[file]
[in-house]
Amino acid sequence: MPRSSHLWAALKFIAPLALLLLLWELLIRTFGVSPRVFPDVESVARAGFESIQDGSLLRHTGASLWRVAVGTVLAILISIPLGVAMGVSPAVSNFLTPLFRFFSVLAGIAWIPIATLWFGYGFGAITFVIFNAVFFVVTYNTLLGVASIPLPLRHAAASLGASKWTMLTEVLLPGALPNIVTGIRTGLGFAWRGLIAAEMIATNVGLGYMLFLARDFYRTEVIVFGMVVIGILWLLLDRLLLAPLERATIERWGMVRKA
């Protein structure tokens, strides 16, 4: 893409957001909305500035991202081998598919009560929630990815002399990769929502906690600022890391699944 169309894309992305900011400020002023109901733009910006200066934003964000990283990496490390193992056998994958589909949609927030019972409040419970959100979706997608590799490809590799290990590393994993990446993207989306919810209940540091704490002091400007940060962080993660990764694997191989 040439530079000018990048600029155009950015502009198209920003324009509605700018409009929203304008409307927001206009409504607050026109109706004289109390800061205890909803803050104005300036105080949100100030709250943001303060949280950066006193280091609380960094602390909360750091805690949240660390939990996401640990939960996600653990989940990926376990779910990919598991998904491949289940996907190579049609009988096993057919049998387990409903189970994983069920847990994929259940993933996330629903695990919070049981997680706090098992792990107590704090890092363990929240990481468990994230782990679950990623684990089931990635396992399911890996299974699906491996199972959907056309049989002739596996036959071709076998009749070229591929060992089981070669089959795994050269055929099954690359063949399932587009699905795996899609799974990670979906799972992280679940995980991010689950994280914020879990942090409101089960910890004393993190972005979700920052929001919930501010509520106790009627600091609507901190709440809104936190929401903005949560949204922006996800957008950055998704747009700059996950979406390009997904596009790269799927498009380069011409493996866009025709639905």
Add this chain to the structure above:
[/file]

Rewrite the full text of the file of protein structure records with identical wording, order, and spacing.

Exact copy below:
[in-house]
Amino acid sequence: MPRSSHLWAALKFIAPLALLLLLWELLIRTFGVSPRVFPDVESVARAGFESIQDGSLLRHTGASLWRVAVGTVLAILISIPLGVAMGVSPAVSNFLTPLFRFFSVLAGIAWIPIATLWFGYGFGAITFVIFNAVFFVVTYNTLLGVASIPLPLRHAAASLGASKWTMLTEVLLPGALPNIVTGIRTGLGFAWRGLIAAEMIATNVGLGYMLFLARDFYRTEVIVFGMVVIGILWLLLDRLLLAPLERATIERWGMVRKA
């Protein structure tokens, strides 16, 4: 893409957001909305500035991202081998598919009560929630990815002399990769929502906690600022890391699944 169309894309992305900011400020002023109901733009910006200066934003964000990283990496490390193992056998994958589909949609927030019972409040419970959100979706997608590799490809590799290990590393994993990446993207989306919810209940540091704490002091400007940060962080993660990764694997191989 040439530079000018990048600029155009950015502009198209920003324009509605700018409009929203304008409307927001206009409504607050026109109706004289109390800061205890909803803050104005300036105080949100100030709250943001303060949280950066006193280091609380960094602390909360750091805690949240660390939990996401640990939960996600653990989940990926376990779910990919598991998904491949289940996907190579049609009988096993057919049998387990409903189970994983069920847990994929259940993933996330629903695990919070049981997680706090098992792990107590704090890092363990929240990481468990994230782990679950990623684990089931990635396992399911890996299974699906491996199972959907056309049989002739596996036959071709076998009749070229591929060992089981070669089959795994050269055929099954690359063949399932587009699905795996899609799974990670979906799972992280679940995980991010689950994280914020879990942090409101089960910890004393993190972005979700920052929001919930501010509520106790009627600091609507901190709440809104936190929401903005949560949204922006996800957008950055998704747009700059996950979406390009997904596009790269799927498009380069011409493996866009025709639905």
Add this chain to the structure above: